Britain’s most senior counter-terrorism officer has told the Guardian that he doesn’t think that British Muslims should “assimilate”.
And there, in a nutshell, you have almost everything wrong with policing in Britain today.
The job of Assistant Commissioner Neil Basu is to protect the British people — who pay his lavish salary and fund his even more impressive retirement package — from terrorism. His job is most definitely not to give interviews to left-wing newspapers spouting semi-literate pseudo-academic drivel like:
“Assimilation implies that I have to hide myself in order to get on.”
Assimilation implies nothing of the kind. Assimilation, I would argue, is basic good manners. When you move to a new country it’s only right and fair and polite to adopt its customs as best you can, first as a gesture of gratitude and reassurance to your hosts, secondly as a way of working with the grain of the local culture and using it to your advantage.
We even have a phrase for this time-honoured practice: “When in Rome…”
But now here’s Neil Basu — a talent being tipped for the highest ranks in British policing — reinventing “assimilation” to mean something negative.
British Muslims who “assimilate”, he is suggesting, are living a lie. They are “hiding” themselves in order to get on, perhaps in the manner of Jews disguising their Semitic ancestry in Nazi Germany, or gay men in pre-Wolfendon Britain living a lie by pretending to be straight in order to advance their careers.
Perhaps Basu was being careless here. Perhaps he was so busy trying to establish his virtue with the Guardian‘s readership that he didn’t consider the consequences of his loose talk.
But how can it possibly be helpful to his role in combating terrorism?
Imagine for a start how damaging it is to Muslims who want fully to integrate in British culture — say, supporting the England cricket team, not being triggered by butchers selling sausages or by posters of scantily clad women on the side of buses, not wearing the hijab, not being appalled and disgusted by the idea of dating or even marrying someone from another faith. Such people, by Basu’s definition, are “hiding” themselves to “get on”. They are in denial of their true nature. Indeed, they have betrayed their identity.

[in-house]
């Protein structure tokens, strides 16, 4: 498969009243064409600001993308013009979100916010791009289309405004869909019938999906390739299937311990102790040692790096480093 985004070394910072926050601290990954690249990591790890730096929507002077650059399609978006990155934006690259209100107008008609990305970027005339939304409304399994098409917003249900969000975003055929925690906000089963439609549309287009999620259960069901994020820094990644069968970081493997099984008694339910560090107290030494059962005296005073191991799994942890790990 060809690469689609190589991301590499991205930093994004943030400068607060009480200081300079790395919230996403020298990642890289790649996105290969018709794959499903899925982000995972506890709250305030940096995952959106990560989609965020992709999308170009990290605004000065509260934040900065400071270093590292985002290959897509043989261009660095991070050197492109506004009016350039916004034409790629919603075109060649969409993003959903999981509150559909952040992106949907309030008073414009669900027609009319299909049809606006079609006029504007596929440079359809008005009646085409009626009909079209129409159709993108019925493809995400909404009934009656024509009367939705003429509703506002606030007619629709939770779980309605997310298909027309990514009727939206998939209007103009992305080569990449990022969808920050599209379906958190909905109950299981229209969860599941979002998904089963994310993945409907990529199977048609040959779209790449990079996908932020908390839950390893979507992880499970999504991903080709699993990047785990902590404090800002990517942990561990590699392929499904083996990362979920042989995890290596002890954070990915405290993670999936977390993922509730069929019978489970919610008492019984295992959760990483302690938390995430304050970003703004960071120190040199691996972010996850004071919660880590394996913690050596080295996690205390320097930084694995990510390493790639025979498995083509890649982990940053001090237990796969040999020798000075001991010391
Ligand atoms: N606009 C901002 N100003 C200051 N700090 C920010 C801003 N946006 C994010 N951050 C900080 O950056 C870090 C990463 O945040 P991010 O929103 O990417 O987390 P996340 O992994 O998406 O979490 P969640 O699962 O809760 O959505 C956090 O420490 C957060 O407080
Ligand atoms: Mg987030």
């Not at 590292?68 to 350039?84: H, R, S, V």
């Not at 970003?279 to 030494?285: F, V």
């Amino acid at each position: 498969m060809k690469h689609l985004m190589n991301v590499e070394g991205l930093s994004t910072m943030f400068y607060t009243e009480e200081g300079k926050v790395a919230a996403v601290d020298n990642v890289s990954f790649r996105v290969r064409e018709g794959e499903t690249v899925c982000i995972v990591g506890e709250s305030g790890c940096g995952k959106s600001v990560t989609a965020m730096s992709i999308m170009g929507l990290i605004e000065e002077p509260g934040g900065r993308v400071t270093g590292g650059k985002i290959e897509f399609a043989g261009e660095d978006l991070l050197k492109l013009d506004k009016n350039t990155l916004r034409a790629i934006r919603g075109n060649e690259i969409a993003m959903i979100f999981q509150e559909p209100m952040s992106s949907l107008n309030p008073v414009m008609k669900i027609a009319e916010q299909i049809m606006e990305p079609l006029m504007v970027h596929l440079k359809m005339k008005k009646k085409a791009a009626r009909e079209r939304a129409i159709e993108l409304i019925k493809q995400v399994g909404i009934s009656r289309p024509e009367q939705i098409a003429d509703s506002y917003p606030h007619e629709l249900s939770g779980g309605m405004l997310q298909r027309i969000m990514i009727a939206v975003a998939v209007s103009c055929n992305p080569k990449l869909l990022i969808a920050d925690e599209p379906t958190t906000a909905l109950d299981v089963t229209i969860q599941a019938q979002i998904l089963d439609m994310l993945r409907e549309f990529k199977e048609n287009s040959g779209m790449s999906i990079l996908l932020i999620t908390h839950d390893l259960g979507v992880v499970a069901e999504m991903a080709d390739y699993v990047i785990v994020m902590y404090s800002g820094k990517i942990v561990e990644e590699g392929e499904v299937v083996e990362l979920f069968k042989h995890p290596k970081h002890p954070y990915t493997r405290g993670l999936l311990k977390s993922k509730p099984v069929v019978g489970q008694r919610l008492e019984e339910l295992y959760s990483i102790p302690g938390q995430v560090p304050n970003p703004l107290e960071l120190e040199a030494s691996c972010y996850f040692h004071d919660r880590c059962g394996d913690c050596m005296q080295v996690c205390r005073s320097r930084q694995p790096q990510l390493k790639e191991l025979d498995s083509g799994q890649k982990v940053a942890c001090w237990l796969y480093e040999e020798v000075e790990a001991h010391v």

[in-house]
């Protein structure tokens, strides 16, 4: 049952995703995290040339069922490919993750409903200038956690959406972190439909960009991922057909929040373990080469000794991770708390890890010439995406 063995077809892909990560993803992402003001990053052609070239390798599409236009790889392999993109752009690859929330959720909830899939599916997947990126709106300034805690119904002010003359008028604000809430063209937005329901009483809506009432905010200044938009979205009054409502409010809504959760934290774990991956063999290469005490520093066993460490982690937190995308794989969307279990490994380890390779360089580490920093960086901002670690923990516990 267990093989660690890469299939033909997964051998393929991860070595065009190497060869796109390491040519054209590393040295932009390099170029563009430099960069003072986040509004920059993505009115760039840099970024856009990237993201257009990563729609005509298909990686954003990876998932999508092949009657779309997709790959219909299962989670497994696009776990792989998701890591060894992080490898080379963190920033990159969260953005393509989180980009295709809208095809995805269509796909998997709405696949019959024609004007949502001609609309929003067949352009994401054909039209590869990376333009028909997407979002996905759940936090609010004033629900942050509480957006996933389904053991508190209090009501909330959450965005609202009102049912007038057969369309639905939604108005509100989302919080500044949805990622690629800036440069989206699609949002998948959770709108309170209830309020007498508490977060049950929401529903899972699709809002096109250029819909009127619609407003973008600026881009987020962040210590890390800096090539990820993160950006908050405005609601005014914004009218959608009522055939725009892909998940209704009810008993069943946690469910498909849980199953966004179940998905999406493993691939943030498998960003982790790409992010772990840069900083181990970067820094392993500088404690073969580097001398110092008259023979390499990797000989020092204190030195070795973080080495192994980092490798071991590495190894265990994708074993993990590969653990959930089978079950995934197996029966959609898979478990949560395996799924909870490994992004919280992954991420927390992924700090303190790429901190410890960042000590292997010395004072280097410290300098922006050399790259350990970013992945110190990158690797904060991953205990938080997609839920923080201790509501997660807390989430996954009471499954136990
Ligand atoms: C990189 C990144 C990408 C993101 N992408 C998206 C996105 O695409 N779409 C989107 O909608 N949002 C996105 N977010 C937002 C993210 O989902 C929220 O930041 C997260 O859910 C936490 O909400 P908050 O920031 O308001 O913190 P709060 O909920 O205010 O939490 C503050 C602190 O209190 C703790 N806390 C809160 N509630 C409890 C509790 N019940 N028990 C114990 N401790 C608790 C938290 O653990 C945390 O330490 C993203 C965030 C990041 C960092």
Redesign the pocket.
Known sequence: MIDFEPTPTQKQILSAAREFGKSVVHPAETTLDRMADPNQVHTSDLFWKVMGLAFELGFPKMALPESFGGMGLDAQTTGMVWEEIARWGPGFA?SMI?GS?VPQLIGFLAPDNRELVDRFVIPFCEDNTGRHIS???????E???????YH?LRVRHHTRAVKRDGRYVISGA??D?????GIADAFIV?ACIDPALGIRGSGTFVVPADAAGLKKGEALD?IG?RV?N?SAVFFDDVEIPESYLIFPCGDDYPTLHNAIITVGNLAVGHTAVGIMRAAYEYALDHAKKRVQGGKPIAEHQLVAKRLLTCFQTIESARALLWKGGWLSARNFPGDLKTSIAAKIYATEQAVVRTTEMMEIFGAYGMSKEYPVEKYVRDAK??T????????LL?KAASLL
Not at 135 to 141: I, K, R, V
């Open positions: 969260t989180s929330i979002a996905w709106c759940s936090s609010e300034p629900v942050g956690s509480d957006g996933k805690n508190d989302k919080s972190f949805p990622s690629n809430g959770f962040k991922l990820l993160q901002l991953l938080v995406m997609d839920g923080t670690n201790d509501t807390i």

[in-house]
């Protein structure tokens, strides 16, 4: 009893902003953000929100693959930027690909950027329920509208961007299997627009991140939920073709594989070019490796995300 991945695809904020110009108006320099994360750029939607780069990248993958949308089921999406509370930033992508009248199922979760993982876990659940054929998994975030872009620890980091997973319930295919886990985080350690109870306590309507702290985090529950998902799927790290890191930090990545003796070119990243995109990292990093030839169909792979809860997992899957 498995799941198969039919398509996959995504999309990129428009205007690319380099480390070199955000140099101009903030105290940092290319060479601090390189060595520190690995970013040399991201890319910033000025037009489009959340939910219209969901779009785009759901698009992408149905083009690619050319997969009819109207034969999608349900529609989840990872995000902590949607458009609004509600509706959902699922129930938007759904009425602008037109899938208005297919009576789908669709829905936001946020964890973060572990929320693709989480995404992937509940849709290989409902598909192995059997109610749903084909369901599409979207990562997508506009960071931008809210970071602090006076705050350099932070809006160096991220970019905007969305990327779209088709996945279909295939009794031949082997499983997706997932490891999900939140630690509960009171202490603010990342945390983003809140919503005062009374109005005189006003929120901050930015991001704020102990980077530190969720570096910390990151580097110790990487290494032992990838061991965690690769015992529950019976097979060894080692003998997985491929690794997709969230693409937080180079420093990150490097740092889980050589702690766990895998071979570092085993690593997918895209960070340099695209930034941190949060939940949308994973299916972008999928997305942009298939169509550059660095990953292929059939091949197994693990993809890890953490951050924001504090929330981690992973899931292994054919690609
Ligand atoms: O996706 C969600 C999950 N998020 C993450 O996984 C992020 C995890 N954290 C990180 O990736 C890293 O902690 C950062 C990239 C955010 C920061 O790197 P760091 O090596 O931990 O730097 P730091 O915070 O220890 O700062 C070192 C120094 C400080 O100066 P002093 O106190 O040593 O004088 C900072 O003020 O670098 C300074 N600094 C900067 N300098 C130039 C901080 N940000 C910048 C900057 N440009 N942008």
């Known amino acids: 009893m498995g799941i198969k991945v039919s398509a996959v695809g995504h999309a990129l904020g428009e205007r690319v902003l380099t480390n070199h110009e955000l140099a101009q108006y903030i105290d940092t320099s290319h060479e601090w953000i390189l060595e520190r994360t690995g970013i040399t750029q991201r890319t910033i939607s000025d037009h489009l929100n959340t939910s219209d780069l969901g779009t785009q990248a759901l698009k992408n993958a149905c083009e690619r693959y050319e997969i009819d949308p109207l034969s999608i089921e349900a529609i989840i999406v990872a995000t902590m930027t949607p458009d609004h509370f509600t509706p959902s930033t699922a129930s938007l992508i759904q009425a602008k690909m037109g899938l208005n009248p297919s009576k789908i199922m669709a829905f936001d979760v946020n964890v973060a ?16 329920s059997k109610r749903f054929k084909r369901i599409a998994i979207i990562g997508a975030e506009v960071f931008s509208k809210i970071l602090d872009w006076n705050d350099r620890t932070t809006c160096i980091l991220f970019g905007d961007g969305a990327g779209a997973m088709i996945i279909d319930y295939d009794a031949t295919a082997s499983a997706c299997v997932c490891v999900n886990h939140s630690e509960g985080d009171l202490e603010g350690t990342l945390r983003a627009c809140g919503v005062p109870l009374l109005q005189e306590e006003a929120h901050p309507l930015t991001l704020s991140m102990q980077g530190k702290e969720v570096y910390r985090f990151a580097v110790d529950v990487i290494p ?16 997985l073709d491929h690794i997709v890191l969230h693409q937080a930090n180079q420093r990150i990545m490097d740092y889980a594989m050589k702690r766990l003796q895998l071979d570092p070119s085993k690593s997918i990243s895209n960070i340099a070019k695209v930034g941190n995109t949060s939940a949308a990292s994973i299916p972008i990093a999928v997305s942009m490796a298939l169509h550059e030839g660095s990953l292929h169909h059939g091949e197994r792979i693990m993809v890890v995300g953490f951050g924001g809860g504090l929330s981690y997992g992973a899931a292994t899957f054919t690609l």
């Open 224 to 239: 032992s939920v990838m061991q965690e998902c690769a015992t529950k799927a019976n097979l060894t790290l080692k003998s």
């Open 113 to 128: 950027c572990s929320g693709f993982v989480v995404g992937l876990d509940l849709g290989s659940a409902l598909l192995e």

Basu has just made their job much harder for them. He has effectively endorsed the hardline view that the job of Muslims is to stay within the Umma and to treat those who are not their co-religionists as kuffar.
He has also made it easier for ‘conservative’ Muslims, as he calls them, to maintain their unbending position on British culture — which, in a good number of cases, is that it is morally tainted, inferior, indeed so corrupt and misguided that the only way it can be redeemed is when — inevitably — it submits to Dar al Islam.
Thanks, Neil Basu. You might expect this kind of approach from a left-wing sociology professor or Jeremy Corbyn on the campaign trail or hook-handed Muslim cleric. But from the most senior policeman in charge of anti-terrorism in the UK? Really??
Basu’s stupid remarks — which I hope earn him a stern reprimand from his new boss, Home Secretary Priti Patel — are symptomatic of a much wider problem with British policing: it’s now an institution which values politically correct virtue-signalling more highly than it values actual crime prevention.
Here is Basu again, agonising about the hurty words which in his expert opinion — (Politics, University of Nottingham) — might be a factor in young men heading off to Syria for extended rape, crucifixion, and beheading holidays or young men strapping explosive belts to themselves so they can blow little girls to smithereens at pop concerts.
Basu added: “These are wider societal problems. They are not paying more police and more security services to stop more terrorist attacks. That’s not the cure for this. Like every other aspect of law enforcement, we [counter-terrorism policing] are a suppression tool for a problem. We are dealing with the symptom and we do need to deal with the root causes of it.”
While the majority of the terrorism threat was from Islamist extremists, far-right propaganda could help create a permissive environment for some to commit violence, he said, and society needed to determine how much of that rhetoric was acceptable.
“At the moment, we seem to be accepting a level which I think is potentially breeding some intolerance,” he said. “That intolerance, for a small number of people, can spin up very quickly to a violent act, and we have some examples of that. We have some very awful examples of that.”
Is anyone else feeling a little nervous at this point?
Not only is Britain’s head of anti-terrorism thinking like a lefty sociologist — radical Islam isn’t the problem; society is the problem — but he is actually hinting that he wants a clampdown on free speech in order to end “rhetoric” he considers unacceptable.
Britain’s possible future head of the Metropolitan police sounds very much time to me like a liberal fascist.
If Basu is in any way representative of the top echelons of British policing — and I fear he is — then God help us all.